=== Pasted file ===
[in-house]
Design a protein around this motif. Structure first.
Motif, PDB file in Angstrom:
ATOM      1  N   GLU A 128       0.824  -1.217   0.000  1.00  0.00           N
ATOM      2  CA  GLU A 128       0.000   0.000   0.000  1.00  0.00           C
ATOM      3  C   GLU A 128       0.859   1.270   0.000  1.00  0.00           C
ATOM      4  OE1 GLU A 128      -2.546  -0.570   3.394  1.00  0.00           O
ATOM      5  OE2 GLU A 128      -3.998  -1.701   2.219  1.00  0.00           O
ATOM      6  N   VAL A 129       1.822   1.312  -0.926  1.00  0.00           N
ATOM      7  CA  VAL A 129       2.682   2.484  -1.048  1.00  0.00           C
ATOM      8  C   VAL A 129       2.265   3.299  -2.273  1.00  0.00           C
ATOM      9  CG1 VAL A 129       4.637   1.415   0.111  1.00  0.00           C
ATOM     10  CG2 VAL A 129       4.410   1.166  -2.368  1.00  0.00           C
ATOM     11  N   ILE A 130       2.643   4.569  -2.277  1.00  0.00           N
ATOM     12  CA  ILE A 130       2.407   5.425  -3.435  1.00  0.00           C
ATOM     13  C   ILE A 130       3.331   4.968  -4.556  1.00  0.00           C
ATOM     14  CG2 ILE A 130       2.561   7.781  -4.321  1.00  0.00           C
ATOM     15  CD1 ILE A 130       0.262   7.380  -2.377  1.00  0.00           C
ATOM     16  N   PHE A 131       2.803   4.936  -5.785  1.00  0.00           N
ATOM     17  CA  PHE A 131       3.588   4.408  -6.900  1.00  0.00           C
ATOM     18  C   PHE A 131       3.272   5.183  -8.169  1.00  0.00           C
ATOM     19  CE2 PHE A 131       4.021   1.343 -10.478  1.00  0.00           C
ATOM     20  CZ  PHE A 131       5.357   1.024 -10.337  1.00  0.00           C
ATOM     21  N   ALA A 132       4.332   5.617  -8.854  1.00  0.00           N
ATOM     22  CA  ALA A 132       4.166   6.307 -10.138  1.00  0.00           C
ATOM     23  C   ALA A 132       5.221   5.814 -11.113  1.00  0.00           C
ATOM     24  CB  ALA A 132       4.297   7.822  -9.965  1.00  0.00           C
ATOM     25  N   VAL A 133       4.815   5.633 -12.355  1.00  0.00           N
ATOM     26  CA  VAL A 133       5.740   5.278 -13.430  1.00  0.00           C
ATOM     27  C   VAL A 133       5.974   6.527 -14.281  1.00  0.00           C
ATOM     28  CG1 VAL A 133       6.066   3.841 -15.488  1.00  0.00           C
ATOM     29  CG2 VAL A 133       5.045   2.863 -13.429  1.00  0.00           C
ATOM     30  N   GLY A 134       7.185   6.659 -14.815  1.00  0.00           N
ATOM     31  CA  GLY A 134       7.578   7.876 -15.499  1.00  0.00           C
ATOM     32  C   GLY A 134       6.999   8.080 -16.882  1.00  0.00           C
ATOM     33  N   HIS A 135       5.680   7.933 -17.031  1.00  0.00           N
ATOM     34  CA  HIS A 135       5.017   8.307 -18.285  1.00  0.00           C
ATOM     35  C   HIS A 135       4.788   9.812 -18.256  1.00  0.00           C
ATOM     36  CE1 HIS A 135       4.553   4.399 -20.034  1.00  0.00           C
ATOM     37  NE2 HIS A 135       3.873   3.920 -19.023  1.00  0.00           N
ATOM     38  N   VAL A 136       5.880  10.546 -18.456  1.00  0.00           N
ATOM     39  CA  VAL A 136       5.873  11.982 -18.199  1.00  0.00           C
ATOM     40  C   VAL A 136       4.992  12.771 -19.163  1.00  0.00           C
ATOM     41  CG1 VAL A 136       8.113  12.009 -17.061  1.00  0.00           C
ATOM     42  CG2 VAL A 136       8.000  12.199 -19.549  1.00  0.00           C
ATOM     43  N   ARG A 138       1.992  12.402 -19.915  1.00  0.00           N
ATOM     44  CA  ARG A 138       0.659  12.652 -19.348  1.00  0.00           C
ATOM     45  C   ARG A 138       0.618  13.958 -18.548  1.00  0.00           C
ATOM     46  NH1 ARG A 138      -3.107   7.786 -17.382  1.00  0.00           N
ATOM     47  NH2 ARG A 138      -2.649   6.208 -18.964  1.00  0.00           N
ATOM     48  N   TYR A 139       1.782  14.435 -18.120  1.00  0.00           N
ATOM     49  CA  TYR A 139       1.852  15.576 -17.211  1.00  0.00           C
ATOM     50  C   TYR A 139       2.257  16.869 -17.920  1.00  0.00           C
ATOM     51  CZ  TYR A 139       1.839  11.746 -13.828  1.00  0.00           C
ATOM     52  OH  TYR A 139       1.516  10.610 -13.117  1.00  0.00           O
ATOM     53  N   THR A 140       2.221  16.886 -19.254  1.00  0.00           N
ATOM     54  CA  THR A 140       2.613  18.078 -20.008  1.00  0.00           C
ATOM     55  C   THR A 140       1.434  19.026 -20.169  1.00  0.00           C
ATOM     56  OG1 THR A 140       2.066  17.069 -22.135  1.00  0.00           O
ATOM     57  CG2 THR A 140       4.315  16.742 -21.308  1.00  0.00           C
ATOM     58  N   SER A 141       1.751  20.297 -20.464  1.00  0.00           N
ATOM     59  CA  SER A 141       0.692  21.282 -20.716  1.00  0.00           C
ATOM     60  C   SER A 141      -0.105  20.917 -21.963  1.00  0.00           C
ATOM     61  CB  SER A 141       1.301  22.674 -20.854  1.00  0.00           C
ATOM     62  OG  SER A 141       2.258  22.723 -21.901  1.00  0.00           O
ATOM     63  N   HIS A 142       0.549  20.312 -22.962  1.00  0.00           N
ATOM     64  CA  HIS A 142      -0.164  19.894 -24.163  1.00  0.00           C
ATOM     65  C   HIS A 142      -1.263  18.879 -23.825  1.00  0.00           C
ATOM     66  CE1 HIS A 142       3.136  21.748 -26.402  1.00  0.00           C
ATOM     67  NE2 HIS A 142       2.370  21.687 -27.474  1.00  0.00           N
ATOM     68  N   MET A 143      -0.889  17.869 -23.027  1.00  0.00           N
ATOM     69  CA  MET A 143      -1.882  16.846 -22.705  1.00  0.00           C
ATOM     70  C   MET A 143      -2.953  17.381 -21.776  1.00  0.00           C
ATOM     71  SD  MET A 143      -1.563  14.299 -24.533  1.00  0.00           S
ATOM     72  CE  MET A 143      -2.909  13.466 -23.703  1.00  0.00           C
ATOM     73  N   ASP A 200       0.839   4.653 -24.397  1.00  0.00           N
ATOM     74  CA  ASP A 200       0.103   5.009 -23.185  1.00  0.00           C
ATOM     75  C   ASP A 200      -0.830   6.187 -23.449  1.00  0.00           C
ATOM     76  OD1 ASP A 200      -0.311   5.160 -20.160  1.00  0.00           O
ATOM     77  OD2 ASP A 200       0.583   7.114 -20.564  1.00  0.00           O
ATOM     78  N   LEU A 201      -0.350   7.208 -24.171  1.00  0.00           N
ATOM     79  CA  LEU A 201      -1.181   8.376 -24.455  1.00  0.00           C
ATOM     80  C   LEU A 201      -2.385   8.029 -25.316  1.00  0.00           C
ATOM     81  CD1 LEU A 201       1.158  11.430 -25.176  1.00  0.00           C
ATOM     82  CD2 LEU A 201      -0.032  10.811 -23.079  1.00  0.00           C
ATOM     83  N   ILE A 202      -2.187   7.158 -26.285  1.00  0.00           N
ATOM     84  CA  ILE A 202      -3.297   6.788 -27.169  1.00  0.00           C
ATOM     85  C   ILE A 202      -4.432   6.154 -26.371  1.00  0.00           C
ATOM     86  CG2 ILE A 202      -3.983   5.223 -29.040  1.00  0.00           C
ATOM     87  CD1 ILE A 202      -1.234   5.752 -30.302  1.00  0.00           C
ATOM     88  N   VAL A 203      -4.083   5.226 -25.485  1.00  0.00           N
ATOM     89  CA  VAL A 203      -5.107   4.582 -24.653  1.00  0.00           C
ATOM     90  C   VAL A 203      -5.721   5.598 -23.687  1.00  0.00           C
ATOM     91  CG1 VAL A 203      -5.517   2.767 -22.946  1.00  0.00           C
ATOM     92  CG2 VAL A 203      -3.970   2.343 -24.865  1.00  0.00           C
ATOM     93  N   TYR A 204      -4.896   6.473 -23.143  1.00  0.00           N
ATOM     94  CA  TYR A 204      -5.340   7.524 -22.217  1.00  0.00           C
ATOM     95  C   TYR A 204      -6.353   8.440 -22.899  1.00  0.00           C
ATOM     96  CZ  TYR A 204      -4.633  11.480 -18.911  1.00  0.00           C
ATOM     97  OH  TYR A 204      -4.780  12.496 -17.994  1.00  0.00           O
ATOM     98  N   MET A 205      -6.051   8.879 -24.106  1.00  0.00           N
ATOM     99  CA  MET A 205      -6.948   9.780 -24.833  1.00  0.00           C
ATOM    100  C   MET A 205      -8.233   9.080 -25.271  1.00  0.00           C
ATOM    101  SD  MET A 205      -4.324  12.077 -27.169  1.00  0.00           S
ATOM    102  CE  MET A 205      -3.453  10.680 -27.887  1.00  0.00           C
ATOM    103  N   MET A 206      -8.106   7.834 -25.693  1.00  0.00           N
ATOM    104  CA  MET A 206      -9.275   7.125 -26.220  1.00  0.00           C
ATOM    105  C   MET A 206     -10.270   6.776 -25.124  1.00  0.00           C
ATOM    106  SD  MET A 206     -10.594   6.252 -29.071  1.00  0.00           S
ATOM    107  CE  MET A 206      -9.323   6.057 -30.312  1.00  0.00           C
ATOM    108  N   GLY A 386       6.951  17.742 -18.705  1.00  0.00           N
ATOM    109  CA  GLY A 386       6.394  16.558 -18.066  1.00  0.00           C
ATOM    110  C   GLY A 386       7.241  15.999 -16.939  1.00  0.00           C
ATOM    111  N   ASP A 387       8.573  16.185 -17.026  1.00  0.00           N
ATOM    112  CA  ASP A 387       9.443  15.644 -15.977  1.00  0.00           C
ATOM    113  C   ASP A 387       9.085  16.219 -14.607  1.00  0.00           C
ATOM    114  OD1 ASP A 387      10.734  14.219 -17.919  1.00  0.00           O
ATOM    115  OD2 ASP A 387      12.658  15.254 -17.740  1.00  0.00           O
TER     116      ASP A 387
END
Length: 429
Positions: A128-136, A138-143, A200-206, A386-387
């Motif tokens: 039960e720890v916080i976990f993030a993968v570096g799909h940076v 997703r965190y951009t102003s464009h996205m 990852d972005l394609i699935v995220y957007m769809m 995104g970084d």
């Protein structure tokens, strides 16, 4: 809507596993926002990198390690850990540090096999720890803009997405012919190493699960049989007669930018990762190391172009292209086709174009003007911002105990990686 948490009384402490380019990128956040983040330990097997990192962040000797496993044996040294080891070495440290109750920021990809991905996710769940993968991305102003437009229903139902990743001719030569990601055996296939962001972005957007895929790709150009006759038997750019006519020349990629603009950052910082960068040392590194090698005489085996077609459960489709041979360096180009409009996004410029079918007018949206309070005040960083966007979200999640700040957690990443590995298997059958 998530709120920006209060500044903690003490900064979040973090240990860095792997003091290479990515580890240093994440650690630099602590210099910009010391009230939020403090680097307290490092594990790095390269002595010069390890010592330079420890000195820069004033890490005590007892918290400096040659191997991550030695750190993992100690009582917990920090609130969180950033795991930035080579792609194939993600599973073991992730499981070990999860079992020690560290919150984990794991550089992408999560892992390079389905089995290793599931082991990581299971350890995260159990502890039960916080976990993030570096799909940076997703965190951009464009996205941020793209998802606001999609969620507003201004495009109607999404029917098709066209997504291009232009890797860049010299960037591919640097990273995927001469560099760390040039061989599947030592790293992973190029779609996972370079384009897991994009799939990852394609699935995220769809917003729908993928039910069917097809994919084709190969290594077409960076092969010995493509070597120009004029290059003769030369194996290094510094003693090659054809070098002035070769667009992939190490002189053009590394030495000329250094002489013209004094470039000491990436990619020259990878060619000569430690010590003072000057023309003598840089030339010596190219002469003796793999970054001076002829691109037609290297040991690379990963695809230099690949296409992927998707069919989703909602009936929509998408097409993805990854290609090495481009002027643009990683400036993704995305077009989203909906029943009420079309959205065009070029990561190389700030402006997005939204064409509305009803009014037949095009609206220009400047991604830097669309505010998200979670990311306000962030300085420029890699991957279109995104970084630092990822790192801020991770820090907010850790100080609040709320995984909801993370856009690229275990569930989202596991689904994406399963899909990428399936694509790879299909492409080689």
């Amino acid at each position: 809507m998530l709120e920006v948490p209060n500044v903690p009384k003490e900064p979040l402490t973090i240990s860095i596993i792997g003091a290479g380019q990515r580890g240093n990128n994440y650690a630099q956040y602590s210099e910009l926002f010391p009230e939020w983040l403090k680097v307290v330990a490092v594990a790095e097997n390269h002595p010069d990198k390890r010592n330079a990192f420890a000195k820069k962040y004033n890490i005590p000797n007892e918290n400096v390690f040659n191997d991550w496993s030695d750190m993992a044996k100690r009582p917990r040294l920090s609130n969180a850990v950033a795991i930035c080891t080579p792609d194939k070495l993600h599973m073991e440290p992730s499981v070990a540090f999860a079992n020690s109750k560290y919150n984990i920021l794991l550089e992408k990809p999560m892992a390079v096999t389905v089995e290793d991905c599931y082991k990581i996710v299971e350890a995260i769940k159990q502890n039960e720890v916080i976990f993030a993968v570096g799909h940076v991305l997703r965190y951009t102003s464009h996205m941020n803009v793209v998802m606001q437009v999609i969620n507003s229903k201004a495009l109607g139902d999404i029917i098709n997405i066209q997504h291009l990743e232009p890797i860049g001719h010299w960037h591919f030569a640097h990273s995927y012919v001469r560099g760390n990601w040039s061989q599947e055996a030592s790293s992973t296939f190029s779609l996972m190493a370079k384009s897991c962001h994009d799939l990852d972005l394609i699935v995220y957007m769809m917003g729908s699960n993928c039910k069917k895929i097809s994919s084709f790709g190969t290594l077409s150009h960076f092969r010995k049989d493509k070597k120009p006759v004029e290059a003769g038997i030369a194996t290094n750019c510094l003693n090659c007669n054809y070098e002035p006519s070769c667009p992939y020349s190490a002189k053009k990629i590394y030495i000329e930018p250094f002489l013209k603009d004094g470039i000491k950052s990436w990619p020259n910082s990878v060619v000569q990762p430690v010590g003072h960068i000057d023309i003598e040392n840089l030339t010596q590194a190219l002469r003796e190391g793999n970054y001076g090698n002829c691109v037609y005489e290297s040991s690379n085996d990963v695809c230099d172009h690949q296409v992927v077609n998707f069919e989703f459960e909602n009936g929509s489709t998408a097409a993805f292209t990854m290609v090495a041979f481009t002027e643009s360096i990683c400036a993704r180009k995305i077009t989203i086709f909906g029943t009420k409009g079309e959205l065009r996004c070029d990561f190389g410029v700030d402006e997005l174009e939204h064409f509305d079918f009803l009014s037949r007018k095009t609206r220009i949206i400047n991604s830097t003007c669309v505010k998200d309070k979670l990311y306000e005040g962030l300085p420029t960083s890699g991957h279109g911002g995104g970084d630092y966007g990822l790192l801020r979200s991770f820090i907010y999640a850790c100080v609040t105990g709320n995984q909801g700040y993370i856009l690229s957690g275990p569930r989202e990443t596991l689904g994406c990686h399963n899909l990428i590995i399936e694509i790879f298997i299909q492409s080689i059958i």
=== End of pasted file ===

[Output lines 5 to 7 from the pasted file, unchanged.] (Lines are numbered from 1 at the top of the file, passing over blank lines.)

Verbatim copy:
ATOM      2  CA  GLU A 128       0.000   0.000   0.000  1.00  0.00           C
ATOM      3  C   GLU A 128       0.859   1.270   0.000  1.00  0.00           C
ATOM      4  OE1 GLU A 128      -2.546  -0.570   3.394  1.00  0.00           O